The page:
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Robotic Ferret Will Detect Hidden Drugs, Weapons and Humans in Containers


Robotic Ferret
Robotic Ferret

June 12, 2009 By

The U.S. maritime system consists of more than 300 sea and river ports with more than 3,700 cargo and passenger terminals. Its ports handle approximately 20 percent of all the maritime trade worldwide and it is this volume of trade that makes ports a key target for potential terrorist attacks.

Cargo containers in particular represent the largest area of concern in terms of security and vulnerability. With an estimated 12 million containers in current circulation worldwide, the task of securing, tracking and inspection all of these is difficult.

A large container ship has the capacity to carry in excess of 3,000 containers, making inspection impossible without disrupting shipment. More than 6 million cargo containers enter U.S. seaports annually, of which only a very small percent are physically inspected by Customs.

On top of any terrorist threat, drugs and even illegal immigrants are also smuggled in containers. However, help to increase port security may soon be at hand. A new type of robot being developed will make it easier to detect drugs, weapons, explosives and illegal immigrants concealed in cargo containers.

Dubbed the "cargo-screening ferret" and designed for use at seaports and airports, the device is being worked on at the University of Sheffield with funding from the Engineering and Physical Sciences Research Council (EPSRC). The idea for the project emerged from an event organized by EPSRC, the British Home Office Scientific Development Branch and the UK Borders Agency.

The ferret will be the world's first cargo-screening device able to pinpoint all kinds of illicit substances and the first designed to operate inside standard freight containers, according to a news release issued today.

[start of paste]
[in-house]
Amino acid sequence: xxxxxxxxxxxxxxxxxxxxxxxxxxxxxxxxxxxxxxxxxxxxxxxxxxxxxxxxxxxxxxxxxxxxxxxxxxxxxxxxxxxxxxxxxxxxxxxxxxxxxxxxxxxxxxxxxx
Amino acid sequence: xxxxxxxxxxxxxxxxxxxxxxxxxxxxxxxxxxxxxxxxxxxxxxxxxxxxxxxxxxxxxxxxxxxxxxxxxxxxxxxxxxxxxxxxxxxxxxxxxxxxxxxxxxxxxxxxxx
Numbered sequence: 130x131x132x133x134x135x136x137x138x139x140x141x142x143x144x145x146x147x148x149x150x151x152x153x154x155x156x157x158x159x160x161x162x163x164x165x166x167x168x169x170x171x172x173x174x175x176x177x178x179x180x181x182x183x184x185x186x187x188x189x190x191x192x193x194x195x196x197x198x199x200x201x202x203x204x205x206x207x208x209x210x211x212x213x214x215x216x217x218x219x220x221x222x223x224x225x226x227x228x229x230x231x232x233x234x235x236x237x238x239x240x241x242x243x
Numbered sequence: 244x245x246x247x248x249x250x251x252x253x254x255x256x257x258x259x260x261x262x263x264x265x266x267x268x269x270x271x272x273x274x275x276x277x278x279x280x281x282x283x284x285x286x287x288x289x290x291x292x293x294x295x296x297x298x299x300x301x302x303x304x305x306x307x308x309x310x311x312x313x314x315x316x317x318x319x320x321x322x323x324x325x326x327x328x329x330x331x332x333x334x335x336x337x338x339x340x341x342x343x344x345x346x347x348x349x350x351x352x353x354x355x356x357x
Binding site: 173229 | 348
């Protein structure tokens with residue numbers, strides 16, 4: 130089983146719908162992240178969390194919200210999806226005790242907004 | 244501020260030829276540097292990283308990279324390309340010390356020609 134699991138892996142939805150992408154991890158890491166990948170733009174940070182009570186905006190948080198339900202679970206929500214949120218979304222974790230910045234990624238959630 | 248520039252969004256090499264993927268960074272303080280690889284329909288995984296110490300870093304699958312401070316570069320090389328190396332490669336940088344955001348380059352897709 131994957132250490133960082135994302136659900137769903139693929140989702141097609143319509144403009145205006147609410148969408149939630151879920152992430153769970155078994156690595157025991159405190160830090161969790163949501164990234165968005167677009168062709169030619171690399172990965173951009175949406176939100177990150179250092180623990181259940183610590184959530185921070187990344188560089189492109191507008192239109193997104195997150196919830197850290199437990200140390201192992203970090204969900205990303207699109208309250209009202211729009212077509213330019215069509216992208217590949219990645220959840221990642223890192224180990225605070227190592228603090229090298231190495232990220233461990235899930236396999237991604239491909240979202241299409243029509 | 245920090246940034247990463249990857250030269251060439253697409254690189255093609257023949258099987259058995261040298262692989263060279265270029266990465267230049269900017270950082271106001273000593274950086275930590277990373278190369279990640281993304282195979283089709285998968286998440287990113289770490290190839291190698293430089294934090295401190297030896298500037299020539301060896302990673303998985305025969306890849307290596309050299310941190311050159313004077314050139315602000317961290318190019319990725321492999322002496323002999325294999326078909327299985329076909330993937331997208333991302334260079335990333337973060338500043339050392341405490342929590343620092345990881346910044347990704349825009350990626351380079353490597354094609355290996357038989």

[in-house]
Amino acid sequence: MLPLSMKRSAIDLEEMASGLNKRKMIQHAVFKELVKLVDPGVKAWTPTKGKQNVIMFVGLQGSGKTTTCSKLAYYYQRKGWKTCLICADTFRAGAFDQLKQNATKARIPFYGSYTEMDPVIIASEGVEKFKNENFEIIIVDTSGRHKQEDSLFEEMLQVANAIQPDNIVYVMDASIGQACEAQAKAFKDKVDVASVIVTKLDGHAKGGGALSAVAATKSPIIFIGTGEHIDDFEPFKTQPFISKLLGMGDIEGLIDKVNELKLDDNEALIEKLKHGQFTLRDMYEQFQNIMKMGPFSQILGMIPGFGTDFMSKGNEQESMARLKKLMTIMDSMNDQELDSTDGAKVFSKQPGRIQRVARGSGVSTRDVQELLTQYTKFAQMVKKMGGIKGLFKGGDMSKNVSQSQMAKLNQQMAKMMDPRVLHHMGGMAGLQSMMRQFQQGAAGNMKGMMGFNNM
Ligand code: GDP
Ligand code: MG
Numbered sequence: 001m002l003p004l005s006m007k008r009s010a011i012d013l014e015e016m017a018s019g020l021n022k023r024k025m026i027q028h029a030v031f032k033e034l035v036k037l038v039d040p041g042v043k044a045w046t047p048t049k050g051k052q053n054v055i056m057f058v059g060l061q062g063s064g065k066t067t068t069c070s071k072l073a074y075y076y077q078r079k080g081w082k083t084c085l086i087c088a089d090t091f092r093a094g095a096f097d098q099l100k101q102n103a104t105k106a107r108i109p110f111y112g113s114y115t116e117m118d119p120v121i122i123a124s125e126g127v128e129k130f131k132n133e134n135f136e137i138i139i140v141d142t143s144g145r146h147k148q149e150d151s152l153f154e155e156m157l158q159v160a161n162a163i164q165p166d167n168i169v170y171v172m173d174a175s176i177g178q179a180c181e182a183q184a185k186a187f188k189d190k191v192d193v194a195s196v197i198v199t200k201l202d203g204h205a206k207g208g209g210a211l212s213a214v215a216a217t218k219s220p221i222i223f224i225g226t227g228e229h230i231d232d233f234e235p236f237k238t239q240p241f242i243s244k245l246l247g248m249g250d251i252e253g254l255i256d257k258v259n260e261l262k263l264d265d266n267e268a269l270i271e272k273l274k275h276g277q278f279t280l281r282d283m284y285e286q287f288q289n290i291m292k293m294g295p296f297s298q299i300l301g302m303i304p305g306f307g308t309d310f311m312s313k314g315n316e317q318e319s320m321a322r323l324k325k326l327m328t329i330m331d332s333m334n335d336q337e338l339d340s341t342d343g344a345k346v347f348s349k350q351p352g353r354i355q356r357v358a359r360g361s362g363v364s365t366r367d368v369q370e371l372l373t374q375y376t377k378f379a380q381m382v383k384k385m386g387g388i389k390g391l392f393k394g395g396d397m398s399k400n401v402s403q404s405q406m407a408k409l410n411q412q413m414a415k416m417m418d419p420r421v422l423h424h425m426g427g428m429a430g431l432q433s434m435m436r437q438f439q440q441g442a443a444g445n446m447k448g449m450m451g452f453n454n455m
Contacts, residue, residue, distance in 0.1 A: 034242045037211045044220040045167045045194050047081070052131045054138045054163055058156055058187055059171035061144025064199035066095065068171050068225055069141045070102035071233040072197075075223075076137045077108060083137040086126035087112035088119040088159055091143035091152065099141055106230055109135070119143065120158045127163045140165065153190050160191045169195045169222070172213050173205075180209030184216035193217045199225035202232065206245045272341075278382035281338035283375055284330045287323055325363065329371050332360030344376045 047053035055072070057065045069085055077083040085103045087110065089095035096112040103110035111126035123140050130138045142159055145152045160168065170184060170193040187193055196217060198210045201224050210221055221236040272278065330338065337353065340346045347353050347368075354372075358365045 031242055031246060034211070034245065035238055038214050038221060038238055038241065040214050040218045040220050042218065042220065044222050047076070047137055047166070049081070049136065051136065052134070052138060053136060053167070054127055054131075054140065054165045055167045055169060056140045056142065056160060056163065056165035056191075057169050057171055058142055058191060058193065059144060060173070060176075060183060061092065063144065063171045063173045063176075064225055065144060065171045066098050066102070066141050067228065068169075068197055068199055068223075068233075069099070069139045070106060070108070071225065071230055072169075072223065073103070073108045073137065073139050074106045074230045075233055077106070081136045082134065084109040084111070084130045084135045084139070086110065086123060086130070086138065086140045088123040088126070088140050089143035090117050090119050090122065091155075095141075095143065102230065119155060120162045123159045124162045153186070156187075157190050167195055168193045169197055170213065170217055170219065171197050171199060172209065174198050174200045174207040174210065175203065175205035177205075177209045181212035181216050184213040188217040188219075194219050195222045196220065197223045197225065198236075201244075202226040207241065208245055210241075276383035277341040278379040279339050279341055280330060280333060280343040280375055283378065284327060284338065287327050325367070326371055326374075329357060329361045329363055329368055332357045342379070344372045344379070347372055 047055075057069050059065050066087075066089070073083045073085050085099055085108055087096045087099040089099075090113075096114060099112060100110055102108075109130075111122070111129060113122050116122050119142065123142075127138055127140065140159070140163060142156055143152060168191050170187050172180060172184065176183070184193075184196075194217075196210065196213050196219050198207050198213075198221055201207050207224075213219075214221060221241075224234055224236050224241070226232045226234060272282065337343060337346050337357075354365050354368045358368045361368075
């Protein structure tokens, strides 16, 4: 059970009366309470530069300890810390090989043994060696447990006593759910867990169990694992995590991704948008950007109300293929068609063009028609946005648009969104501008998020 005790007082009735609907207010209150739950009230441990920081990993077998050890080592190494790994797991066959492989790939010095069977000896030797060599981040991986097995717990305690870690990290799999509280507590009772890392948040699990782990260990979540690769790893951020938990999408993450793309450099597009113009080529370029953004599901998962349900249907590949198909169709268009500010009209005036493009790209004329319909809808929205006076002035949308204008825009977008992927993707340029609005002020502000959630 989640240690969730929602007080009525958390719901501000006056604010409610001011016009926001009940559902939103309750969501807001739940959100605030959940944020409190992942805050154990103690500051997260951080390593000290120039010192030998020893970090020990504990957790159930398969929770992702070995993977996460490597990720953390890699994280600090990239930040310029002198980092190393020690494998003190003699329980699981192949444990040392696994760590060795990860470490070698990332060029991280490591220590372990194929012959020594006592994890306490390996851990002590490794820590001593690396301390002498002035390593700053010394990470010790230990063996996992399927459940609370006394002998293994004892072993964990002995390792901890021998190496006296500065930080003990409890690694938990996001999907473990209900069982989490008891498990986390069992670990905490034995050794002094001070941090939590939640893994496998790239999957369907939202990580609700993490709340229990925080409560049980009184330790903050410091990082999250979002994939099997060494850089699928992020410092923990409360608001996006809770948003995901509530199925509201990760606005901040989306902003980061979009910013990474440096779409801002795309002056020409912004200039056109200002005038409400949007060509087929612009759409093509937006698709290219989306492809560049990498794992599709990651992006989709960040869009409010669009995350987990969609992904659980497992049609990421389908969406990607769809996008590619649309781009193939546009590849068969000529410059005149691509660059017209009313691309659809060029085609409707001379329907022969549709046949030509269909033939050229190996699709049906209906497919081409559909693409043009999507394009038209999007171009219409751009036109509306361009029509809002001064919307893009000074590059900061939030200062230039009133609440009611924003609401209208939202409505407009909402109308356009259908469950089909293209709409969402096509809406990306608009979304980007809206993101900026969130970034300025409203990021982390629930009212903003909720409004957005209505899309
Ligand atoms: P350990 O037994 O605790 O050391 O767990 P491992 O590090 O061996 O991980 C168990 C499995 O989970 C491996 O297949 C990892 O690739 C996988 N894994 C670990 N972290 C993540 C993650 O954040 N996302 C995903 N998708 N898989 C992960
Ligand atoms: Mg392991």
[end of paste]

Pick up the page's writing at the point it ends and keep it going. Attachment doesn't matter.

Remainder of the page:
It will be equipped with a suite of sensors that are more comprehensive and sensitive than any currently employed in conventional cargo scanners.

Recent advances in both laser and fiber-optic technology now make it possible to detect tiny particles of different substances. The EPSRC-funded project team is developing sensors which incorporate these technologies and that are small enough to be carried on the 30 cm-long robot, in order to detect the specific "fingerprint" of illegal substances at much lower concentrations than is now possible.

When placed inside a steel freight container, the ferret will attach itself magnetically to the top, then automatically move around and seek out contraband, sending a steady stream of information back to its controller.

Current cargo-screening methods rely on a variety of separate methods, such as the use of sniffer dogs and external scanners for detecting explosives and drugs, and carbon dioxide probes and heartbeat monitors to detect a human presence.

Cargo scanners currently in use at seaports and airports only generate information on the shape and density of objects or substances. The ferret, however, will be able to provide information on what they actually consist of as well.

The ferret will offer major advantages in combating human trafficking. Currently it is very difficult to detect people hidden in freight containers (e.g., the use of X-rays is prohibited due to the harm the radiation could do to anyone concealed there). Sensors on board the ferret will be able to detect tiny traces of carbon dioxide which indicate the presence of humans concealed in the containers.

Another key benefit is that the ferret will reduce the need for customs and security officials to enter or unpack freight containers, which is time-consuming and may expose officers to danger or possible contamination by harmful substances.

"It's essential we develop something which is simple to operate and which Border Agents can have total confidence in," said Dr. Tony Dodd, who is leading the project. "The ferret will be able to drop small probes down through the cargo and so pinpoint exactly where contraband is concealed."

Working prototypes of the cargo-screening ferret could be ready for testing within two years, with potential deployment within around five years.


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